Preparing For The Next Halving

While traders await the price bump they believe will result from a drop in new supply, miners may be more wary.

Now around 150 days away, the Halving has previously been a bullish catalyst.

Bitcoin has a number of different narratives driving the current bull market. ETF approval. A "flight to quality" in the face of high inflation, or "flight to safety" in the face of counterparty risk.

The Halving is another major development that drives trader's expectations, and that has historically coincided with significant price increases for bitcoin.

The Four-Year Cycle

Bitcoin was designed to be a fully decentralized online currency, addressing numerous flaws in fiat currencies. Its supply is algorithmically determined, rather than being set by a committee, and increases at a predefined rate that is hard-coded into the protocol. Block rewards are cut at each Halving, which happens every 210,000 blocks, or roughly four years. The first Halving, in 2012, saw rewards fall from 50 BTC to 25 BTC, then to 12.5 BTC in 2016, and to their current 6.25 BTC in 2020.

The upcoming Halving, expected around April 20, 2024, will reduce block rewards from 6.25 BTC to 3.125 BTC. At this point, only 450 BTC will be mined daily. With almost all bitcoins already mined, the currency's inflation rate will drop to 0.83%, making it a harder asset than dollars or even gold.

Market Impact

Traders and investors keenly await the Halving due to its historical impact on BTC prices. With demand steady but new supply halved, expectations are for a price increase. Previous Halvings, occurring midway through market cycles, correlated with significant price surges. Although this feature is an integral part of Bitcoin, it appears that many newer mainstream investors do not know about it.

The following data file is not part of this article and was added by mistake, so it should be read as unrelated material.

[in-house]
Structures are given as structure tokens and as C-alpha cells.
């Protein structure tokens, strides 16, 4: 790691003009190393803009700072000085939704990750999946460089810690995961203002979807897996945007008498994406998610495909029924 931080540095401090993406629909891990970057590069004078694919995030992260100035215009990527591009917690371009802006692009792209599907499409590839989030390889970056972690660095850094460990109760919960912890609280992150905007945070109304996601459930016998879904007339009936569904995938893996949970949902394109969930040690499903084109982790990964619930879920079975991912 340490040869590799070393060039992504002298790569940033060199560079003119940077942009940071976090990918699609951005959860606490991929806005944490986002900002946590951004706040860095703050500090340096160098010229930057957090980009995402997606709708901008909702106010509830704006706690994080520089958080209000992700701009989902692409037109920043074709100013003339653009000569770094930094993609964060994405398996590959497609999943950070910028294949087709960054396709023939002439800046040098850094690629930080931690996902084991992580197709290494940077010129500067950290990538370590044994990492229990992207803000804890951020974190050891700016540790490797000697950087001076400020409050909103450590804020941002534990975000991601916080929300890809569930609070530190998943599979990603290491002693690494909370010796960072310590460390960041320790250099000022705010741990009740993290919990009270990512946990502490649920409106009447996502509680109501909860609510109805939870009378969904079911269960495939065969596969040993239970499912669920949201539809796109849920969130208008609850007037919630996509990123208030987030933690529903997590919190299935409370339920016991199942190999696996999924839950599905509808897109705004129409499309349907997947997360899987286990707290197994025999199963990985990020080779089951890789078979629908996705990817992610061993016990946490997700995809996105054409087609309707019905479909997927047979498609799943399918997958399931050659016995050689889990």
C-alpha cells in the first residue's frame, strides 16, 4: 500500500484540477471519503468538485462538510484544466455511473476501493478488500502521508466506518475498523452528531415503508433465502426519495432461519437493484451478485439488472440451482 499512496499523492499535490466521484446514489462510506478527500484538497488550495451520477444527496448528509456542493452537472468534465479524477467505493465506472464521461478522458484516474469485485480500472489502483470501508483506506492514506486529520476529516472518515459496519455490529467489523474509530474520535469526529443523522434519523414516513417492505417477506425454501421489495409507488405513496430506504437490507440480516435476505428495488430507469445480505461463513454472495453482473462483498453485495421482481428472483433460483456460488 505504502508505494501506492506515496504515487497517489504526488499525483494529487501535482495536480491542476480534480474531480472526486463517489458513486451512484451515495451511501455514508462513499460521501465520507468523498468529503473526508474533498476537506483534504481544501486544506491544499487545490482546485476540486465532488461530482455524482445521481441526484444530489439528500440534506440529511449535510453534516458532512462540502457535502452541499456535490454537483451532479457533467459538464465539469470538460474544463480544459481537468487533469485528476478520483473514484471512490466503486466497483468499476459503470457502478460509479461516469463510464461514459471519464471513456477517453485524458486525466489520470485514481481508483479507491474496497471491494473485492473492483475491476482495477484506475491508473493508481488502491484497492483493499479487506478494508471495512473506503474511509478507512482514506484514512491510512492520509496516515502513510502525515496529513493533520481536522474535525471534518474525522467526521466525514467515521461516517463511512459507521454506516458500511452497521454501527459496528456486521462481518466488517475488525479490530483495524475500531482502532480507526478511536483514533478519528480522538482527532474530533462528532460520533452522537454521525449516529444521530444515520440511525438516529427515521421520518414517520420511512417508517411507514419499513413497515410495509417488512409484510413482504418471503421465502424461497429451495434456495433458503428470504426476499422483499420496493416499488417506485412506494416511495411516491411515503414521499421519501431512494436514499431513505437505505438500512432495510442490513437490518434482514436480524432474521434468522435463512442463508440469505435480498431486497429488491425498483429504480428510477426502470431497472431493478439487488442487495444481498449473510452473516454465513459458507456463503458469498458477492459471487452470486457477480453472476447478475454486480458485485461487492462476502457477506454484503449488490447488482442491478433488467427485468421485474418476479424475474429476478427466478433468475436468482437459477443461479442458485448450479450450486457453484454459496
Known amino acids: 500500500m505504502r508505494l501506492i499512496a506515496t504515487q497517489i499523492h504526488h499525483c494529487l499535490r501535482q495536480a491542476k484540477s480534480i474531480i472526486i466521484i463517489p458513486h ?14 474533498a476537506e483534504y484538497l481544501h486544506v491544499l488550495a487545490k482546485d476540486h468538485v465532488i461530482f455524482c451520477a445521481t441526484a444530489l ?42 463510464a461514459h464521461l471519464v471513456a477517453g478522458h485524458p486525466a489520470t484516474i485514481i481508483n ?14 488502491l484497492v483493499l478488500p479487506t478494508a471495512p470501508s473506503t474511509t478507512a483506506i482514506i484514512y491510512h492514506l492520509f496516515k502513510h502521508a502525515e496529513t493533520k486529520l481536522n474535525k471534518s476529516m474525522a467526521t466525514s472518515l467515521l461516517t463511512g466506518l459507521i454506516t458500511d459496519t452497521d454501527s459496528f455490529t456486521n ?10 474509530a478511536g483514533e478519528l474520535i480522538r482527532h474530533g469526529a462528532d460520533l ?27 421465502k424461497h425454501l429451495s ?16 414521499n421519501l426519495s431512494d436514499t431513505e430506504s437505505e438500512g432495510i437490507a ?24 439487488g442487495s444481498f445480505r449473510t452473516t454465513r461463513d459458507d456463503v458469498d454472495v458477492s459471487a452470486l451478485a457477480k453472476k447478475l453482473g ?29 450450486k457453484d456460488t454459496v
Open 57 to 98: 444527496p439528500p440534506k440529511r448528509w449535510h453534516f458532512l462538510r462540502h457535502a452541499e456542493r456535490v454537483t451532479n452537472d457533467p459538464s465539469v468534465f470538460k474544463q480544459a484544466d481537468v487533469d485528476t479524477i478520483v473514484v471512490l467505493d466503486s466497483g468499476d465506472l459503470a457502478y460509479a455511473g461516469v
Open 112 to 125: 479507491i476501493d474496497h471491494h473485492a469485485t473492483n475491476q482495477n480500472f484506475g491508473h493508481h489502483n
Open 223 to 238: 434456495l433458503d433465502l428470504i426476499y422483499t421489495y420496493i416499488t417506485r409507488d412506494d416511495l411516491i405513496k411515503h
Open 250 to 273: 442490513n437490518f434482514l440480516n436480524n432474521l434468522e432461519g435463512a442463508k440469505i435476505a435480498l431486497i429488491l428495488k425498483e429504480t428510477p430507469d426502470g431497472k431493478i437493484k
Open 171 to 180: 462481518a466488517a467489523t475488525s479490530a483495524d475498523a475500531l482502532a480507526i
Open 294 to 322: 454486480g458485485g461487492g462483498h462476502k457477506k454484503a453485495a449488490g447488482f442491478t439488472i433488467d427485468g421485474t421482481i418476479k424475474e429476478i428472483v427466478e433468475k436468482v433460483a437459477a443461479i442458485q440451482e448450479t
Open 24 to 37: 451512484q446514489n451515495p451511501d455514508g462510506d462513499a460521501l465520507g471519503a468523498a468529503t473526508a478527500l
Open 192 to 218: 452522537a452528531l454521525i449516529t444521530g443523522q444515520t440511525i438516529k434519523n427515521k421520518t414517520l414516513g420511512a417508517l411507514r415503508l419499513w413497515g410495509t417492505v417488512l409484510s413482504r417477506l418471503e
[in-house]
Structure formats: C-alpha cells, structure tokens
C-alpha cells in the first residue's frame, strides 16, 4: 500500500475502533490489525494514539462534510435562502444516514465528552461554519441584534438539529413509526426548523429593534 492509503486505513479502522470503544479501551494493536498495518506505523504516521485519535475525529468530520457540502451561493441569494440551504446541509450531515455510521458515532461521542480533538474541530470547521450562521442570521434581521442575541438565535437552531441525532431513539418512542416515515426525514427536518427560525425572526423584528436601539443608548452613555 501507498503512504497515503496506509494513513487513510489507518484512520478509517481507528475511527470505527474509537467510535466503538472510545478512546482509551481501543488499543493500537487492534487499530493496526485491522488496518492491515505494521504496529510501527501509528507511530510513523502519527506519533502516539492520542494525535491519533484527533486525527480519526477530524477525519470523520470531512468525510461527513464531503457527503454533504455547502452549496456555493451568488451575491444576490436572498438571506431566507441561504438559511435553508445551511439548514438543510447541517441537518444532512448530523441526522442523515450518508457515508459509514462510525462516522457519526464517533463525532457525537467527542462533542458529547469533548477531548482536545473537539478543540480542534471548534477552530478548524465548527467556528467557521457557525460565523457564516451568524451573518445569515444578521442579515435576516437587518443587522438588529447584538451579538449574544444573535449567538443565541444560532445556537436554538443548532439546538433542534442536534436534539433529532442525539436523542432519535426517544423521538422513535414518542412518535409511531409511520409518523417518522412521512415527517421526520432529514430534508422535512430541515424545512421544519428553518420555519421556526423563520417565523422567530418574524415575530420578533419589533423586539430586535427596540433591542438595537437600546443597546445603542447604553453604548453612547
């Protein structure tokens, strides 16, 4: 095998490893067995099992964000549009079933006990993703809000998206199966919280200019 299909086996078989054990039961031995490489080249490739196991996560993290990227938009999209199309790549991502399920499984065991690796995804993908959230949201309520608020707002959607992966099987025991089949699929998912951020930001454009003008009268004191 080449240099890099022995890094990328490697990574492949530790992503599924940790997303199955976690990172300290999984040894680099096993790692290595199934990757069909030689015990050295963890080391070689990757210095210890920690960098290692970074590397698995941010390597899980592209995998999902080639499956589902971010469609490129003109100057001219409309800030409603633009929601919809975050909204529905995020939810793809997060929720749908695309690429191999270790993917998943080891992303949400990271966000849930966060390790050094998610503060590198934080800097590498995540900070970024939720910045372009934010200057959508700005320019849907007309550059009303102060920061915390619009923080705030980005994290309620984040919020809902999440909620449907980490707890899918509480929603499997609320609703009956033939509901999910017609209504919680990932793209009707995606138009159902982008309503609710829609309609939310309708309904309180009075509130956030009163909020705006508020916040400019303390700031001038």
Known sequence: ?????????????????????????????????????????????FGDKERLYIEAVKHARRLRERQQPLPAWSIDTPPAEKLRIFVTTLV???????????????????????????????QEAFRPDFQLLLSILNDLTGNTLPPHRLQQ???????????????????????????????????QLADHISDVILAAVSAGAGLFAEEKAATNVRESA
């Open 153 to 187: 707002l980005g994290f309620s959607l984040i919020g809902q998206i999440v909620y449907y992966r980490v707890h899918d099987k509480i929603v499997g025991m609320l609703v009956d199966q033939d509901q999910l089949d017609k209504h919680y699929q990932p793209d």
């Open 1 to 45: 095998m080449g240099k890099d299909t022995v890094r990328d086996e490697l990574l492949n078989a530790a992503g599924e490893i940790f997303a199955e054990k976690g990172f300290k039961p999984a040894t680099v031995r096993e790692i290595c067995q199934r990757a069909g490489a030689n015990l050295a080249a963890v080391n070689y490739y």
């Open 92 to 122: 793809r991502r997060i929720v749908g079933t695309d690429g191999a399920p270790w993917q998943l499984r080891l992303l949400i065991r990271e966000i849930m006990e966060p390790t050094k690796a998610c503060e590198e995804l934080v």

Intuitively, the fall in new supply should be bullish. However, critics note that this event is transparently coded into the protocol. Therefore, there are arguments (notably by JPMorgan analysts) that the Halving is already priced in.

It's worth noting that this has not been the case in the past, as the Halving has coincided with a sharp increase in price.

Miners: A Different Story

For miners, who are paid with block rewards, the Halving represents a significant challenge. When new supply is cut, miners will have far less to share between them. Miners who operate at the margins, with less efficient hardware or higher electricity prices, will be pushed out of business. Essentially, the cost of producing a single BTC will double.

In the past, Halvings have led to a notable (if temporary) decline in hashrate, as a percentage of miners are forced to turn off their rigs. This typically leads to a consolidation of mining power among the larger and more efficient miners.

What To Expect

While the crypto community eagerly awaits the Halving, due to the expectation it will be a bullish catalyst, there is some skepticism among mainstream analysts that it will have any impact.

With the arrival of institutional money, the dynamics of the crypto markets are changing. For example, dips appear to have been bought more aggressively in recent months, meaning bitcoin has not (yet) experienced one of the 25-40% drawdowns that have occurred early in previous bull markets.

However, the reduction in supply is permanent, and will have an ongoing effect every single day. The relative lack of awareness makes it unlikely that the impact has been fully priced in, whatever the "expert" analysts think.

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